Posts Tagged 'flat stitch'

flat stitch

Posted by on 24 May 2010 | Category:

This stitch has technical similarities to the fishbone stitch and the opened fishbone stitch. The difference is that this stitch cannot give sharp ends, and therefore, is not  ideal for leaves with tapering ends. Instead, this is one of  the best stitches to fill in flower petals.

I will be working on a petal shaped pattern to demonstrate. The pattern has been divided into four by two lines inside. The lines are called A,B,C and D.

flat_stitch_1     flat_stitch_2
Fig 1: Bring the needle out from the line A and put it in through line C. Give it a slight slant, but not too much.   Fig 2: Bring the needle out through line D and put it in through the line B. Again, bring out the needle through A and continue the procedure. Remember to keep the stitches close to each other.
flat_stitch_3   flat_stitch_4
Fig 3: The trick for a neat pattern is to keep the points on A and D parallel with each other. Similarly, keep the points on B and C parallel to each other. Half way through, our pattern will look like this.   Fig 4: The completed pattern will look like this.

opened fishbone stitch

Posted by on 31 Mar 2010 | Category:

This stitch is similar to the fishbone stitch, with a requirement to divide the pattern into two. The difference is that the stitches in the centre of the pattern does not fall on the stitch line, but on its either sides. This helps to make the stitches far spaced to create the open fishbone effect.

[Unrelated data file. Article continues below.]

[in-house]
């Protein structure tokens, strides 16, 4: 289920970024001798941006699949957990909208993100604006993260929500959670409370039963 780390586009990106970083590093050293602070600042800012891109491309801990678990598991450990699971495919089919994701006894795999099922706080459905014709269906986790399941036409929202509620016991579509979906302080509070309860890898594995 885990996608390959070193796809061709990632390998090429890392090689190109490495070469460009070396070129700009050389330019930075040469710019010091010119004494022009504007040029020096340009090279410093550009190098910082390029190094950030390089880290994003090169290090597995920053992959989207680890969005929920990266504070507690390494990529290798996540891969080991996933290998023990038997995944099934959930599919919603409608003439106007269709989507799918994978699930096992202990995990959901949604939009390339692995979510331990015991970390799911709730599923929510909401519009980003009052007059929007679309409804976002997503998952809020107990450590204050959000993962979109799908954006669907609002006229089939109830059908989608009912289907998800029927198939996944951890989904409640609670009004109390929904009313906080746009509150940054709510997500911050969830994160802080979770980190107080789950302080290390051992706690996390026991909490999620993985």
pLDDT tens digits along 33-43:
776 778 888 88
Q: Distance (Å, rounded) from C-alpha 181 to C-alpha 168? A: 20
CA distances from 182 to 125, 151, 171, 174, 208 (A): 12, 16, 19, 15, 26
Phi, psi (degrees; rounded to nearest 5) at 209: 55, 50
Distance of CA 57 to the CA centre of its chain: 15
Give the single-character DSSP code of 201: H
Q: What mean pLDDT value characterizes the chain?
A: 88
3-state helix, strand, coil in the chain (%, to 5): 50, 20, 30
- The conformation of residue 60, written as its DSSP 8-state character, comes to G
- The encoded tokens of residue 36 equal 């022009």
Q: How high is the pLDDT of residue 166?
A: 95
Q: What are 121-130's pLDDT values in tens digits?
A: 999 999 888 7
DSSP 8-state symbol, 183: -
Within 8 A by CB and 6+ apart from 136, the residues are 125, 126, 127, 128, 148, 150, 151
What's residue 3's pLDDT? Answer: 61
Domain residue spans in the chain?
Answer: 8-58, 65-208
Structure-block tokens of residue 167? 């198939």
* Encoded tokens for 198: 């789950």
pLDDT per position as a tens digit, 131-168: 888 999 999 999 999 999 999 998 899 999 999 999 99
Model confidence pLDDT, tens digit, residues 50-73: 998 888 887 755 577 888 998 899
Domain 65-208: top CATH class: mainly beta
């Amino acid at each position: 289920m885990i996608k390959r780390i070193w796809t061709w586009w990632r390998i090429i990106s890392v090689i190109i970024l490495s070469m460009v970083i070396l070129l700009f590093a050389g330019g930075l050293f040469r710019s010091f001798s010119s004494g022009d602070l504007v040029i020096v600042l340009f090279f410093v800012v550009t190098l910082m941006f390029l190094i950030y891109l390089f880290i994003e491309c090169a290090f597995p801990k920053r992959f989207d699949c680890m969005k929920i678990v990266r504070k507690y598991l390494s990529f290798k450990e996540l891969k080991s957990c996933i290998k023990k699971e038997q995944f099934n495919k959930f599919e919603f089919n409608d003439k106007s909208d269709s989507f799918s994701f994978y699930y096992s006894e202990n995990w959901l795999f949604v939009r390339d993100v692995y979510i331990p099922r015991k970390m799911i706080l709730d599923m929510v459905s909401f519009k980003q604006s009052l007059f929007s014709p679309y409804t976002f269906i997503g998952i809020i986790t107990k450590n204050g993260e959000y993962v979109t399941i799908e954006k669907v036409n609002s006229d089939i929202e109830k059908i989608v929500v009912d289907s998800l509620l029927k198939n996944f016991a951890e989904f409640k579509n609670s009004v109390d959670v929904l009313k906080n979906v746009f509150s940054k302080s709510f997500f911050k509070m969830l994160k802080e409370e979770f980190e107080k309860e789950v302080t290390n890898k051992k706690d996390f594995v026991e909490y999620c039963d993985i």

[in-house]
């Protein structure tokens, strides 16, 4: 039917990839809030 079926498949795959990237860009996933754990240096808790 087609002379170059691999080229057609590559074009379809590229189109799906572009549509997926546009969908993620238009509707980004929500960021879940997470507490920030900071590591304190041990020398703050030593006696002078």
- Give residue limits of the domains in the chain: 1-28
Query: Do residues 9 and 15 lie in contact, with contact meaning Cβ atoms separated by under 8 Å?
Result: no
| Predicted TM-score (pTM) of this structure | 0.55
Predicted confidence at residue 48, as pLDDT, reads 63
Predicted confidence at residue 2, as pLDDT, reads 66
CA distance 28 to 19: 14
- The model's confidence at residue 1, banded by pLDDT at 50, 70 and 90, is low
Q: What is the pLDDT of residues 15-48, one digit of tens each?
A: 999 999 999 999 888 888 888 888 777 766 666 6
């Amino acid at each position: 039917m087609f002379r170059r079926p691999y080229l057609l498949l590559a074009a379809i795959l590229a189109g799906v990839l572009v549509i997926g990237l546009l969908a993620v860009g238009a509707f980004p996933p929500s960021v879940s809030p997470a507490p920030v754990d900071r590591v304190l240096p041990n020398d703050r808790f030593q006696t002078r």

It is good to know the fishbone stitch to understand this stitch. I will work on a leaf shaped pattern. I have marked the centre with a stitch line. The lines are named X, Y and Z for the ease of the lesson.

opened_fishbone_stitch_1      opened_fishbone_stitch_2
Fig 1: Like in fishbone stitch, first, bring out the needle through A, which is the top tip of the leaf. Take it in through B, a point on line Y. Then, bring it out through C, a point on line X.
It is not essential to do the stitch A-B. You have the option of starting the stitch from the point C.
  Fig 2: Now, put in the needle through D, which is a point just outside the line Y. Bring out the needle through E, a point on line Z.
opened_fishbone_stitch_3   opened_fishbone_stitch_4
Fig 3: Follow this pattern of stitching alternatley on the lines X and Y. Be careful that no stitch will fall on the line Y, but only on its either sides.   Fig 4: A completed leaf pattern will look like this.

fishbone stitch

Posted by on 31 Mar 2010 | Category:

This is a kind of filling stitch which is ideal for making leaves or feathers. It requires us to divide the pattern into two and each side is filled alternately giving it a plaited effect in the centre, thus ideal to make leaves or feathers.

I will work on a leaf pattern, which I have divided in the centre with a stitch line. To make the lesson easier, I have named the lines as X, Y and Z.

fishbone_stitch_1   fishbone_stitch_2